By Katie Fallon
Atlanta Mayor Shirley Franklin submitted a $645.3 million budget to the city council on May 4 that includes a number of public safety, technology, parks and public works improvements.
Pending confirmation in the council’s Finance Committee, the budget is expected to be voted upon in early June for final approval.
Included in the budget are several public safety improvements and pay increases for both the city’s police officers and firefighters.
The 2008 budget calls for the creation of 50 new city police officer positions and five new civilian positions. Recommendations are also included to raise police and fire department salaries by two percent, which combines with a cost of living adjustment for all city employees, amounts to a base pay increase of four percent.
The budget includes six other major public safety items, most of which concern the Atlanta Fire Department.
First, 18 new firefighter positions will be added to facilitate a four-personnel-per-truck staffing standard. Similarly, 34 firefighters will be transferred from administrative roles to firefighting positions. The budget also calls for the creation of a nighttime fire safety inspection team and funding for improved maintenance of fire stations.
Funding has also been included for the creation of a new police department crime lab.
Several changes have also been proposed in the area of parks, public works and building permits.
The mayor has proposed increases in park maintenance staff, regular maintenance of city parks, the number of “Trash Troopers,” new building inspectors and funding for traffic signs, street resurfacing and sidewalks. Additional funding has also been proposed for removing hazardous trees in parks and public rights-of-way.
Technology improvements allotted in the budget include fully funding the next phase of a centralized customer service center and digital, handheld, GPS-enabled units to allow for better communication between field crews and managers in public works, code enforcement and building maintenance.
The mayor’s budget, however, did point to major problems with financing the city’s payroll and responsibilities to employee benefits.
“One of the major challenges the city faces is rapidly rising pension and health cost liabilities,” Franklin said. “Latest estimates project a $125 million increase in the general fund budget to continue to support the city payroll.”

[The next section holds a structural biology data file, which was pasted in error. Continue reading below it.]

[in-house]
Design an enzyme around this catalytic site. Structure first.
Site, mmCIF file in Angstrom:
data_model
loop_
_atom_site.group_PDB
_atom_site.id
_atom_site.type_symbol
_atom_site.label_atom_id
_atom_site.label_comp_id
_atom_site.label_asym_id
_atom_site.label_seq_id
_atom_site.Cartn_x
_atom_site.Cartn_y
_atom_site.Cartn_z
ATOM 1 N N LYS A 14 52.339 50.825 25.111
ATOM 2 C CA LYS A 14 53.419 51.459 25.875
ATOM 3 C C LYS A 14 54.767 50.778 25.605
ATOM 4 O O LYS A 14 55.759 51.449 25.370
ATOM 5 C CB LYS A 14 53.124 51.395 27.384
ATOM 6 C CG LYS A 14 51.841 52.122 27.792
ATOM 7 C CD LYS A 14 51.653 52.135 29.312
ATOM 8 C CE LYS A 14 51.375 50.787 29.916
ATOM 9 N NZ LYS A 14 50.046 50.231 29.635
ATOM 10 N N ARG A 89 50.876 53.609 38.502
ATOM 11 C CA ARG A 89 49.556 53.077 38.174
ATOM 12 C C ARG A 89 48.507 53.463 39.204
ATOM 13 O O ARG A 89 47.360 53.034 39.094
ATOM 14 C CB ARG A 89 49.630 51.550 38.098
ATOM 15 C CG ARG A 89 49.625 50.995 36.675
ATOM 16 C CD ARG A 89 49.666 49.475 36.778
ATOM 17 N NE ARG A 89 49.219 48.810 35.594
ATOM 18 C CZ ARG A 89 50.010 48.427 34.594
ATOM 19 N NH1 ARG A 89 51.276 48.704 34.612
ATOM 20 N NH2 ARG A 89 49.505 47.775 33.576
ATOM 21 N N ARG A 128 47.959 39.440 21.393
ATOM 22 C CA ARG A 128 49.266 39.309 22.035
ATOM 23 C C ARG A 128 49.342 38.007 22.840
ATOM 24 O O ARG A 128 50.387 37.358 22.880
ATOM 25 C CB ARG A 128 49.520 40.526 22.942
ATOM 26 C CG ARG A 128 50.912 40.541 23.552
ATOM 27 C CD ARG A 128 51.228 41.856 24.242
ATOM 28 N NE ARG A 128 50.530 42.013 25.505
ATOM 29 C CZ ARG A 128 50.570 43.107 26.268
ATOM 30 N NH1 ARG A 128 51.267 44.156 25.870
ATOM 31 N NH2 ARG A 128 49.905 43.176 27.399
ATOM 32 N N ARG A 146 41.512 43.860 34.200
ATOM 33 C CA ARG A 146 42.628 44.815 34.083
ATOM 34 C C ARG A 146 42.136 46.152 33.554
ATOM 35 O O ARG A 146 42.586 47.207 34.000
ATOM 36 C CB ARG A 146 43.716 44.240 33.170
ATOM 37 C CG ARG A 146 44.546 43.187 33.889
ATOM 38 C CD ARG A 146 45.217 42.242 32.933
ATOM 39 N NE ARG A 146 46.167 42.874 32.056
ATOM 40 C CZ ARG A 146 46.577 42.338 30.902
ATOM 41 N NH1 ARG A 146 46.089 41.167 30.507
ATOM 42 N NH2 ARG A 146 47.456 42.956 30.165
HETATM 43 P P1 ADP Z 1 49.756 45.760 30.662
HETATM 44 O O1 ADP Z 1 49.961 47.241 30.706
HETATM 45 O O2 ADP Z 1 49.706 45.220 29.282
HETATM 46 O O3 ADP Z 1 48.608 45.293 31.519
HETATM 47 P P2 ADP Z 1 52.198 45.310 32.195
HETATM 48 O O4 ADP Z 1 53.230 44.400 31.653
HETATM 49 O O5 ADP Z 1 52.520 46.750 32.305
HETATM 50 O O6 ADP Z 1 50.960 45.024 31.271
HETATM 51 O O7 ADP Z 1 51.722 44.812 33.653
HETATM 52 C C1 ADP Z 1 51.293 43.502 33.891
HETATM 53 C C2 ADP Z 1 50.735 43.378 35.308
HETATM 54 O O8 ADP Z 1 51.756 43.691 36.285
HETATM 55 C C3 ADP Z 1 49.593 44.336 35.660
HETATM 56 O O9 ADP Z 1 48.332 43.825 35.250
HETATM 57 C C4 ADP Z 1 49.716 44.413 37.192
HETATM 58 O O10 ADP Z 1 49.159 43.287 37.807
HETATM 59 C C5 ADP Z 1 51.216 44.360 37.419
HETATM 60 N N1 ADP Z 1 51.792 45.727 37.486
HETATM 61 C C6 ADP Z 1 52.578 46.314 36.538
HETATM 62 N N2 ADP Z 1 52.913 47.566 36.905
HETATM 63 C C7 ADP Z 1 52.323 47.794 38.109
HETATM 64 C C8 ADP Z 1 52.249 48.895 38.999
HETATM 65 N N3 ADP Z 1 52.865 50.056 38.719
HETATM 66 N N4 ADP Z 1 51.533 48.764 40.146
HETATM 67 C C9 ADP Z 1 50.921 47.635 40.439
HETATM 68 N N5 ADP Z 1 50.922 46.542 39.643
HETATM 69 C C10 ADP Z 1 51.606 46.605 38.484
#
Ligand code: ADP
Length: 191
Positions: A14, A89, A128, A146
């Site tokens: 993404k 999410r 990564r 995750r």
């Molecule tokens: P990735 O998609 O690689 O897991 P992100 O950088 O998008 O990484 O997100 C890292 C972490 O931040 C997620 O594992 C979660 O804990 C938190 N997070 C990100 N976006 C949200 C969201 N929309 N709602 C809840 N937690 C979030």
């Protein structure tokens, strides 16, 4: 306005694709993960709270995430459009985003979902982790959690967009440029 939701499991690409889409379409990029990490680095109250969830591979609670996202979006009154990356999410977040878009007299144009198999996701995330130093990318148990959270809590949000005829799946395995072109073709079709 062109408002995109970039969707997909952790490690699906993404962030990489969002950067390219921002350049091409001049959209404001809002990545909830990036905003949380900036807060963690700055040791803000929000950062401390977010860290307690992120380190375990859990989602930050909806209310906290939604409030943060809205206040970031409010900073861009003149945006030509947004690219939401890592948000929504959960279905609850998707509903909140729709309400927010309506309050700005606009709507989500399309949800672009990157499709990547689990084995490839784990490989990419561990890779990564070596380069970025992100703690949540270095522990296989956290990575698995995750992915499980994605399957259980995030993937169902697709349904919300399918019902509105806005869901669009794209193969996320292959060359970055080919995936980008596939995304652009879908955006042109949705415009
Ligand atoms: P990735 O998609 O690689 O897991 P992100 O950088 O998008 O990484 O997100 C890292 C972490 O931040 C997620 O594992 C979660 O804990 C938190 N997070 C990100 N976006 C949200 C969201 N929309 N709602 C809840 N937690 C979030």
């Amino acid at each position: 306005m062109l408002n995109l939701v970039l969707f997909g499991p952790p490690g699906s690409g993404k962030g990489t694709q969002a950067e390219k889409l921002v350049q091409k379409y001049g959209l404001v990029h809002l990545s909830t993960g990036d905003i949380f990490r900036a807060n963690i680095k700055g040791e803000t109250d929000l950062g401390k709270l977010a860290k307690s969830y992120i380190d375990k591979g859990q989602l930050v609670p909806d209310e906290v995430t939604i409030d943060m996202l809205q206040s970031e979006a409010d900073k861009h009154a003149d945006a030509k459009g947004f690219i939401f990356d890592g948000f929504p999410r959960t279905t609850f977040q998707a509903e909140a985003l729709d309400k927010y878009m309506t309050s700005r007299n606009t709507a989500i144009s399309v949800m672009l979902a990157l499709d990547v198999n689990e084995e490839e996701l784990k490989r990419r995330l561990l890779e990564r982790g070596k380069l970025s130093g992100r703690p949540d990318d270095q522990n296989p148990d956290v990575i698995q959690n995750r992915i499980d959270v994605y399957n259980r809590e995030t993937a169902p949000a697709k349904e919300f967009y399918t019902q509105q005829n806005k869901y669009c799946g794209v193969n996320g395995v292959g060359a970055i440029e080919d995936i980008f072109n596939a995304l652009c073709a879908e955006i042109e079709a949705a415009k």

Unless there is a significant change in the city’s benefit policy, Franklin said Atlanta will face a 35 percent increase in personnel costs, including supporting benefits, compared with last year.
“Increased health care and benefit liabilities are serious concerns for the city today and tomorrow,” Franklin said. “For every dollar the city spends on personnel-either new hire or salary increases-the budget increases anywhere from $1.50 to $1.87. The long term impact is a grave issue and the first step is to limit current city contributions to health care plans and rapidly escalating costs.”
The mayor also said the city has made an effort to return to being an “employer of choice” among local governments by offering market-based pay, the cost-of-living adjustments, a sick leave bonus and a pay for performance bonus program.
The mayor reported that in the past six years, she and the city council have worked together to make several financial improvements to the city’s budget. The revenue anticipate rate has gone from 99 percent of last year’s revenues to 96 percent. The budget reserves have also increased from a negative balance in 2001 to a proposed 10 percent of the 2008 budget.
The budget, however, did include several “reorganization and staffing alignments” that were designed to help facilitate and fund the proposed changes and improvements.
A Public Safety Managed Services Organization (MSO) will consolidate the public safety, personnel, financial and facilities functions into one. A final reorganization phase for the city’s court system will see 11 courtrooms
reduced to nine in addition to reductions in the Solicitor and Public Defender offices.
The building permitting process will be streamlined by merging fire code inspections with building inspection functions. Several IT outsourcing contracts will be eliminated in
favor of utilizing in-house resources.